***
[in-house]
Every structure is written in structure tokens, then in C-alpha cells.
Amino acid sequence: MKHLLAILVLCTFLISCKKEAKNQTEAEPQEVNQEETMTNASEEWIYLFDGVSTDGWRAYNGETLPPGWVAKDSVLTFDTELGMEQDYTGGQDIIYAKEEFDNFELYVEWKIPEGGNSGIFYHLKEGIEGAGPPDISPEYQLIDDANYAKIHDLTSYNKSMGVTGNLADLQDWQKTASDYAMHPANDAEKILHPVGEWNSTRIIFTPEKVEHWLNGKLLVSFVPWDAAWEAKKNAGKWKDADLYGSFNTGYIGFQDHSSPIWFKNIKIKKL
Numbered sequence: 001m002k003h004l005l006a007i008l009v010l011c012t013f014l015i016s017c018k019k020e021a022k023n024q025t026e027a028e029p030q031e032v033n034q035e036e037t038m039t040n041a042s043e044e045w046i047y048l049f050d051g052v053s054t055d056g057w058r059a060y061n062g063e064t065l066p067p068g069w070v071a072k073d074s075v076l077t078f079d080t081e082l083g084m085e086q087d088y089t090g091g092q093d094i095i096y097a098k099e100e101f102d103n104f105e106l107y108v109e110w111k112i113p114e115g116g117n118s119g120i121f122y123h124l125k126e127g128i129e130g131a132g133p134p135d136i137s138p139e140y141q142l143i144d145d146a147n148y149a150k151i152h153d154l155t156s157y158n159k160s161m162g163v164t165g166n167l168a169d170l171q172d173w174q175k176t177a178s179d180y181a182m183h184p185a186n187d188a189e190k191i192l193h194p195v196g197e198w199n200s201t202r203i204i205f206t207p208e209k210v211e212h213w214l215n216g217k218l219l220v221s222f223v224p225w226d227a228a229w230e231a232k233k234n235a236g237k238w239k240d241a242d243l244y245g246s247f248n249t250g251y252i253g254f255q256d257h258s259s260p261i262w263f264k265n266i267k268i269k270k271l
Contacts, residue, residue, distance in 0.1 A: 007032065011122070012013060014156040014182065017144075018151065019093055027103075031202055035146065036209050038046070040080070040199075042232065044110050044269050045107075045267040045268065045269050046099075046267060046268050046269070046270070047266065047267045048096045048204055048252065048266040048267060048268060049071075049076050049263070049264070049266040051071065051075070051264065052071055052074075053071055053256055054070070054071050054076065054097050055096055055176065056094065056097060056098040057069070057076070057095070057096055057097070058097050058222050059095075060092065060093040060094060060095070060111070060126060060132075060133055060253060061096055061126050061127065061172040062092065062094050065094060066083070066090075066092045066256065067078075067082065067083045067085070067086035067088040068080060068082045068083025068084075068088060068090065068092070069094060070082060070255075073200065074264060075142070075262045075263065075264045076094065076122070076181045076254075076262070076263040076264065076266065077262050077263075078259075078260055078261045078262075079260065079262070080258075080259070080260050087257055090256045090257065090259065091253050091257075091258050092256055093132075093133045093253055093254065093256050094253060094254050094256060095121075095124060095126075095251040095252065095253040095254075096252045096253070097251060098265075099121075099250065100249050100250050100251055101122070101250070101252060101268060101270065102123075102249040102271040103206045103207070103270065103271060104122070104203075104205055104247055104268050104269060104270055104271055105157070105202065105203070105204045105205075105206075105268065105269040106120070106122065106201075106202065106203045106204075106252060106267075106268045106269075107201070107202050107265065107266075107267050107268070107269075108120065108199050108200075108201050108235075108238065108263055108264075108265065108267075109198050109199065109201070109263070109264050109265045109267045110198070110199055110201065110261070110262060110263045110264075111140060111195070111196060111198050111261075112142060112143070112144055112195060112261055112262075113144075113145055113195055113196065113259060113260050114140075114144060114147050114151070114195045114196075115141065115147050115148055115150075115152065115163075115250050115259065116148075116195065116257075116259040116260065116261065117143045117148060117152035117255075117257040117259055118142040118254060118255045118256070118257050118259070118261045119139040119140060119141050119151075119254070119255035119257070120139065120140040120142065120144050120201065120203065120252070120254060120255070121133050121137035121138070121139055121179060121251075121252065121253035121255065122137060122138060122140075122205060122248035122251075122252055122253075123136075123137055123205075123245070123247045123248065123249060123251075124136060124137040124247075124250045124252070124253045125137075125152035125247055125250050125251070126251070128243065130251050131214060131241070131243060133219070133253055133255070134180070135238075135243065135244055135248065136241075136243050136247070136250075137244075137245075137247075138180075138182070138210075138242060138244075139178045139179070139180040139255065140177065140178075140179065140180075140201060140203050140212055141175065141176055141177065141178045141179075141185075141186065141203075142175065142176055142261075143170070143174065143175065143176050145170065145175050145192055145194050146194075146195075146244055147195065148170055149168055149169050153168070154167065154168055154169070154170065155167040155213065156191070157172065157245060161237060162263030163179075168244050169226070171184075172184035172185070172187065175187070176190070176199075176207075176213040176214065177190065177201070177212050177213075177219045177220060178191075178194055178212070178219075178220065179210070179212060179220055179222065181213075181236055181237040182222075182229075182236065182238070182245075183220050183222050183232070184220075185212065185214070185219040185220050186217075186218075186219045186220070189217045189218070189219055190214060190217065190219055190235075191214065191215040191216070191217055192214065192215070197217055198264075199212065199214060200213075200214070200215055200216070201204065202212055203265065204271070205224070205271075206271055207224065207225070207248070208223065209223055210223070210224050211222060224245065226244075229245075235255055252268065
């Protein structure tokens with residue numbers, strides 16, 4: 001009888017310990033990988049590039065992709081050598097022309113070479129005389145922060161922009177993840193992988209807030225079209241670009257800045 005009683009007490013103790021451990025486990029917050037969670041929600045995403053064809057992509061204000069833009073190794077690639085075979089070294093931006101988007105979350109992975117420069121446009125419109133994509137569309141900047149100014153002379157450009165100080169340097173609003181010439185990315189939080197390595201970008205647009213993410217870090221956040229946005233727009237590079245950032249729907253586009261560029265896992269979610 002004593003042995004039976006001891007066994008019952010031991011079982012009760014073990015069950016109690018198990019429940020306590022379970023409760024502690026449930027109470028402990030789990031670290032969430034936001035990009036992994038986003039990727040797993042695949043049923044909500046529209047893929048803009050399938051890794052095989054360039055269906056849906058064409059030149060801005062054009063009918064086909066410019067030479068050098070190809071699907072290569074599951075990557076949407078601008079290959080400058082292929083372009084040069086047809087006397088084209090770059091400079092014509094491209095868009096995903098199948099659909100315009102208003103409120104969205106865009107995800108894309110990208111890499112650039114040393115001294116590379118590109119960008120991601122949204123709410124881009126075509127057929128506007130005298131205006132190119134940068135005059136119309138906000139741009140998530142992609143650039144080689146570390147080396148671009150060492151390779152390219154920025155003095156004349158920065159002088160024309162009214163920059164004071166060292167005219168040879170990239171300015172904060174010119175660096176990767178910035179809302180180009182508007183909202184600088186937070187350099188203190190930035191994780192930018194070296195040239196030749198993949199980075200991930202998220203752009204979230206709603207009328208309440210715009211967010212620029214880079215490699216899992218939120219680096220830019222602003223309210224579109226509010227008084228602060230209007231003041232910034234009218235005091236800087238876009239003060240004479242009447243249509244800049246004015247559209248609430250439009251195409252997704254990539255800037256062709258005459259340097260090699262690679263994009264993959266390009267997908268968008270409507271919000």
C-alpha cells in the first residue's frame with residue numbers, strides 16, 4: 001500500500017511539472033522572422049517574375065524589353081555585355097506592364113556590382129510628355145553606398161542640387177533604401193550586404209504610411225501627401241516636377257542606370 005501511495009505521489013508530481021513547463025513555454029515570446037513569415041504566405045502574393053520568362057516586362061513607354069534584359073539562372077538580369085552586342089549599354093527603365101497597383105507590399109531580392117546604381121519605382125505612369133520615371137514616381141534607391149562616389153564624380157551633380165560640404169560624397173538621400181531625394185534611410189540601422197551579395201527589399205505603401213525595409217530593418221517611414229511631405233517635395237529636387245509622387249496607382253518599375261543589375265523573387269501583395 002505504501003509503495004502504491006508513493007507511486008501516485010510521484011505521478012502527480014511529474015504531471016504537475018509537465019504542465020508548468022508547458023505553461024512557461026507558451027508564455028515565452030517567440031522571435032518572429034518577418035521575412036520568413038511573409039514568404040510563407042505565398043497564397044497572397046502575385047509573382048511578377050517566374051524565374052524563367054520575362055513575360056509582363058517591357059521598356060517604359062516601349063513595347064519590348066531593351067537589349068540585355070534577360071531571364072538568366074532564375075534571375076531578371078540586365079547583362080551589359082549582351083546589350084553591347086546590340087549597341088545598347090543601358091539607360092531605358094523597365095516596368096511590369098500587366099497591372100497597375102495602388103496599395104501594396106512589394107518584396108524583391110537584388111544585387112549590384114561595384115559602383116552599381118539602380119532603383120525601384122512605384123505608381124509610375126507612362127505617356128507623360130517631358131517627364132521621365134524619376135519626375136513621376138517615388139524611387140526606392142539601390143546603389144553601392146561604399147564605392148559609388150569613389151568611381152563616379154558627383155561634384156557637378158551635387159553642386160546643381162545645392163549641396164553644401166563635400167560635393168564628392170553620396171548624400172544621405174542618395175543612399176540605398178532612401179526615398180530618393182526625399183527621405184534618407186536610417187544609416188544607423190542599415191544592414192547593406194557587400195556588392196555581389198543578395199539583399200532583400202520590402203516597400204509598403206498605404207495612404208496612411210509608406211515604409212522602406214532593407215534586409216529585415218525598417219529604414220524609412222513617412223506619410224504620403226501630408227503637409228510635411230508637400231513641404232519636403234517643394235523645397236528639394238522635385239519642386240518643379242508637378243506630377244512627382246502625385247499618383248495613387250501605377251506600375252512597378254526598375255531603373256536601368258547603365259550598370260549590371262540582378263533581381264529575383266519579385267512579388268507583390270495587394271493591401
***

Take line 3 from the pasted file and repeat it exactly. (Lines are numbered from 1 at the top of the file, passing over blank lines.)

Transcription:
Amino acid sequence: MKHLLAILVLCTFLISCKKEAKNQTEAEPQEVNQEETMTNASEEWIYLFDGVSTDGWRAYNGETLPPGWVAKDSVLTFDTELGMEQDYTGGQDIIYAKEEFDNFELYVEWKIPEGGNSGIFYHLKEGIEGAGPPDISPEYQLIDDANYAKIHDLTSYNKSMGVTGNLADLQDWQKTASDYAMHPANDAEKILHPVGEWNSTRIIFTPEKVEHWLNGKLLVSFVPWDAAWEAKKNAGKWKDADLYGSFNTGYIGFQDHSSPIWFKNIKIKKL